Blues Route: Angela Strehli

Dean Budnick on December 8, 2022
Blues Route: Angela Strehli

“On my previous records, I would try to include as many originals as I thought were worthy of being on there. This time, though, I wanted to tip my hat to the artists who influenced and inspired me,” Angela Strehli says of her latest album, Ace of Blues.

The new release finds the renowned vocalist interpreting songs written or associated with Elmore James, Muddy Waters, Howlin’ Wolf, Bobby “Blue” Bland and other luminaries. However, unlike many such projects, Strehli has a personal connection to most every musician she honors on the record.

“With the exception of Chuck Berry, I knew every one of those artists,” she reveals. “I believe I had occasion to be on the same stage with everyone else at Antone’s. That’s where I got to meet a lot of my idols— everybody from Albert King to B.B. King to Eddie Taylor and Jimmy Reed. Otis Rush was another big deal for me.”

In 1975, the Texas native co-founded the Austin club Antone’s with Clifford Antone, which would go on to become a globally lauded destination for the blues.

“Clifford was probably the only one who believed that having blues seven nights a week in Austin was going to work,” Strehli says with a laugh. “But he thought there were enough college students and other young people who wanted to get hip to something that wasn’t popular at the time. Clifford would book these artists for multiple shows, so we would hang out with them during the day because they wouldn’t have much else to do. Stevie Vaughan would be sitting around, waiting to see if one of his heroes might show up. People like Albert King would come by, and we’d buy them lunch. It was like blues college for a lot of people. It was so much fun.

“The Fabulous Thunderbirds was our house band, with Jimmie Vaughan and Kim Wilson. That was really important because someone like Otis Rush could come in and be absolutely confident that they would be backed up properly. Otis was particular, and I remember he was shocked by the very first soundcheck because the band had done their homework and knew all his stuff.”

Strehli’s role at the club was expansive and often all[1]encompassing. “I would do everything that was not being done,” she recalls. “Some of it was the normal day-to-day operations involved with running a place like that—the original Antone’s was real big— and some of it involved setting up the staging and all that.”

Even so, she remained an esteemed performer in her own right. She co-founded Southern Feeling with W.C. Clark and Denny Freeman, before launching the Angela Strehli Band—receiving five consecutive Best Female Vocalist awards from the Austin Chronicle.

Little Milton, another artist Strehli celebrates on Ace of Blues, once approached her about touring with him, but the singer’s responsibilities at Antone’s kept her close to home.

“That blew my mind,” she acknowledges. “I had the deepest respect for him as a performer and just as a real classy person. It was one of the highest compliments I’ve ever received but, at that point, I felt that I couldn’t leave town and do a proper tour with anybody.”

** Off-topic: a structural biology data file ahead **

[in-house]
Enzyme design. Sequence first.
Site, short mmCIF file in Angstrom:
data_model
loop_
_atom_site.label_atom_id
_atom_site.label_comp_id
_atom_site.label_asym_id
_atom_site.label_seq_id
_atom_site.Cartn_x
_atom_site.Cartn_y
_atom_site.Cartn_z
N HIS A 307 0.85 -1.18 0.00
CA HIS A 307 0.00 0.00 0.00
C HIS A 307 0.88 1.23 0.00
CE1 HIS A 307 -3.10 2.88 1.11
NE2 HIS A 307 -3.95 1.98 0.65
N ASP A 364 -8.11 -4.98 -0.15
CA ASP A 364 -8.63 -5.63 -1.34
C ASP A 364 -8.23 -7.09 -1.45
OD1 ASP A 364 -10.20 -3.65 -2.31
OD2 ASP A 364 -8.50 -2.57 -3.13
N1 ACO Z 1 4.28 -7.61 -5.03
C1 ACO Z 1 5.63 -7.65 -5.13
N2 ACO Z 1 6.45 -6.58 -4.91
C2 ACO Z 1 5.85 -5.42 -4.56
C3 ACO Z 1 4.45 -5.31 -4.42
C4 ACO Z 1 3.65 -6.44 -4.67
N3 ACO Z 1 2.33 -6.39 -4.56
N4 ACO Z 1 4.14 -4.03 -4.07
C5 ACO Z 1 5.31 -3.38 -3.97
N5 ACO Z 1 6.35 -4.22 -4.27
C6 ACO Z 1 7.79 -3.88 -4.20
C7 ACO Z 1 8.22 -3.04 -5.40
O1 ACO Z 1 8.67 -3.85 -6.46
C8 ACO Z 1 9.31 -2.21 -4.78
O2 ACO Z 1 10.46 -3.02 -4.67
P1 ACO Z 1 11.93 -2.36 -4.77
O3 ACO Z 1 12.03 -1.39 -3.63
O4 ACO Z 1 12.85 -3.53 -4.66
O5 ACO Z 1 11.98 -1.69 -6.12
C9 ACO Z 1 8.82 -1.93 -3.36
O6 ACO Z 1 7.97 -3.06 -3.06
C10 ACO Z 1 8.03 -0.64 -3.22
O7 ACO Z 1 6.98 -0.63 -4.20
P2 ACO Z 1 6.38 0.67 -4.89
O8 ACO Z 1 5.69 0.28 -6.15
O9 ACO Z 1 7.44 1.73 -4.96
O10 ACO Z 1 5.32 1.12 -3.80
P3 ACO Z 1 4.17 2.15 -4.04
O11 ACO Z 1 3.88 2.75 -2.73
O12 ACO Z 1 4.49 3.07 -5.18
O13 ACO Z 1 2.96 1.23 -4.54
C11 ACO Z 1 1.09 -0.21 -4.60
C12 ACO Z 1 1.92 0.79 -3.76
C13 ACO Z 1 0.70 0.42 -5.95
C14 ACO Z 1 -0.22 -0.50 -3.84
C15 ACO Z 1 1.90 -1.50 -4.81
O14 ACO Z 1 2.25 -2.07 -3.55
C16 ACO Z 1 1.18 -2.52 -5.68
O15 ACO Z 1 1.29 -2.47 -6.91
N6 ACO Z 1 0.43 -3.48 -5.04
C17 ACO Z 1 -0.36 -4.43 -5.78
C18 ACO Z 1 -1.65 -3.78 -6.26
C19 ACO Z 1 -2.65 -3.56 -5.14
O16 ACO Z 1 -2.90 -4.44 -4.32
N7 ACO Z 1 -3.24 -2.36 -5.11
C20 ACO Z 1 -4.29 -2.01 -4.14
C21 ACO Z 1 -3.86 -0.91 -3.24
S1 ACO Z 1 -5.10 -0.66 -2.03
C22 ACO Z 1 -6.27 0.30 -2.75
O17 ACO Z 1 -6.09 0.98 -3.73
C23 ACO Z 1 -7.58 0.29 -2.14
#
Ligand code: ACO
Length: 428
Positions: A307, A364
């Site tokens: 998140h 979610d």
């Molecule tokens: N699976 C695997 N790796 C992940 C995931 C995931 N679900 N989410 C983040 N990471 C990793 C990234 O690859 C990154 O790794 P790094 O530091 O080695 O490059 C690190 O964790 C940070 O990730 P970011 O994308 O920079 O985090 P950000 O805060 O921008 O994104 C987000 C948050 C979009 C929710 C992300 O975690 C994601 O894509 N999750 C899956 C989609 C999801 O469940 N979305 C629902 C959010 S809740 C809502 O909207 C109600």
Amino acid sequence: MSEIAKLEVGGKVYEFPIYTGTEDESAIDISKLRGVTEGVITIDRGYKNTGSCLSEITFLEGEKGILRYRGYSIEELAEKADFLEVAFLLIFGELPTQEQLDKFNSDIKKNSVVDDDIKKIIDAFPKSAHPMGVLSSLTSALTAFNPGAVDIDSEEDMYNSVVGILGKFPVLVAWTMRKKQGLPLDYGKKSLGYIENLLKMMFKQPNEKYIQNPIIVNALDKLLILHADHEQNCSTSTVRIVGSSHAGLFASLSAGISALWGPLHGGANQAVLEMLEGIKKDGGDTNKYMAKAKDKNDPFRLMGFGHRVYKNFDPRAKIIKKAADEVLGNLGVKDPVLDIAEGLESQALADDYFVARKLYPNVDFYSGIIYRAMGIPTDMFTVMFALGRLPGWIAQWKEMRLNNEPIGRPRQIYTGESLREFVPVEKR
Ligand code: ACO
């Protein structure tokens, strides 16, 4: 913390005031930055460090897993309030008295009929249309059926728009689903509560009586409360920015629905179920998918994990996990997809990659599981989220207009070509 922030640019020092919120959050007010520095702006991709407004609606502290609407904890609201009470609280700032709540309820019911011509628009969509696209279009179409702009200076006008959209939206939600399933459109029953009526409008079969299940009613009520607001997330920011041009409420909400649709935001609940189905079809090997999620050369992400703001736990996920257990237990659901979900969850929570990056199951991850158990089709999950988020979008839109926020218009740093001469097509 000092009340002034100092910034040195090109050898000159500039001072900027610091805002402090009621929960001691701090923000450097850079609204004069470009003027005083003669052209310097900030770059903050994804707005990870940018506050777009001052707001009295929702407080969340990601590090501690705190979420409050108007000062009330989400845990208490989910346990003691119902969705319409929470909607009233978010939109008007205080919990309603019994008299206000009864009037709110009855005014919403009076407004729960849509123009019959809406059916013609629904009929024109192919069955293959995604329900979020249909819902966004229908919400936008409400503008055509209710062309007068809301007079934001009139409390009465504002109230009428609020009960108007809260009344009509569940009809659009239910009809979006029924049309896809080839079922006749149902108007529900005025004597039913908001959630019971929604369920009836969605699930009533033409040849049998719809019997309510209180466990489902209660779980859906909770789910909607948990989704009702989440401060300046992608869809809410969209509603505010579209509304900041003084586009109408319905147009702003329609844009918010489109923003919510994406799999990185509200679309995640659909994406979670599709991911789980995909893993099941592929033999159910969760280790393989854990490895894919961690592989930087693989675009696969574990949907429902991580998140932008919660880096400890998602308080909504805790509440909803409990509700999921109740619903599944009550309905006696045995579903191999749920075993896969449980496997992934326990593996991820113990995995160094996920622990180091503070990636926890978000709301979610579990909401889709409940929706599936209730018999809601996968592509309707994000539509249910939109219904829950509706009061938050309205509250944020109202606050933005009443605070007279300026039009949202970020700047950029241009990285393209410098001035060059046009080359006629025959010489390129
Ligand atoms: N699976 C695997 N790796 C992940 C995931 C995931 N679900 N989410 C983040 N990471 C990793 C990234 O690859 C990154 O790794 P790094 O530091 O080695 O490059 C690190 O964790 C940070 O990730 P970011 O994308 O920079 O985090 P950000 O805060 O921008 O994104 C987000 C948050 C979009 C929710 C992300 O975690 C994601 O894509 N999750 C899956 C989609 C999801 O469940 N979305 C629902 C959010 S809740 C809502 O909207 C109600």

In addition to the blues selections, the album also includes a moving cover of Dorothy Love Coates’ “I Wouldn’t Mind Dying.” Strehli notes, “I have a giant collection of gospel records, and I’ve been to many gospel shows going back to Austin. I got to see and hear incredible artists, everybody from Inez Andrews to Shirley Caesar to the Clara Ward Singers. Dorothy Love Coates was probably the preeminent artist during the golden era of gospel in the 1950s. I idolize all of those people and, if I’m feeling a little on the low side, I know which section of my record collection to go to.”

The final track on Ace of Blues is an original composition, “SRV,” which pays tribute to Stevie Ray Vaughan. Strehli had already recorded it for her previous record, 2005’s Blue Highway. However, she explains, “That record was barely distributed, and it makes me happy that more people are going to hear the song. It was hard to lose him at 35 years old. He really did raise the awareness of the blues internationally, which helped all of us.”

It was Strehli who initially taught Vaughan the words to what would become one of his signature songs, “Texas Flood,” leading her to drop the tune from her own setlists.

“It ended up being the title track of his breakout record,” she says. “So I lost a song in my repertoire but for a good reason. It was a Texas artist who recorded it in the first place, and it was never a well-known song. But it’s well-known now and that makes me happy.”

Strehli left her home state in the mid ‘90s, eventually settling in Marin County, Calif., where she now lives with her husband Bob Brown. They currently operate the restaurant/music venue Rancho Nicasio. Brown was the original co-owner of Slim’s in San Francisco with Boz Scaggs and also managed Huey Lewis and the News, as well as Pablo Cruise. He was the person who initially encouraged Strehli to record the new record, and produced it alongside her.

Brown writes, “This record was a joy to make. I very much wanted Ace to give the studio one more shot, while I thought she still ‘had it.’ She sang her heart out and, in only 12 days, we were done. My wife is as genuine and soulful a woman you will meet. Her voice tells it all.”

Strehli’s tour in support of the album will lead her back to Antone’s in mid-November. This return engagement is all the more fitting because Ace of Blues marks the first new release for a relaunched Antone’s Records, where she had once served as President.

“New West has acquired the entire Antone’s catalog,” Strehli says with admiration. “So the record will be out on New West/Antone’s, which is just so sweet and so respectful on their part.”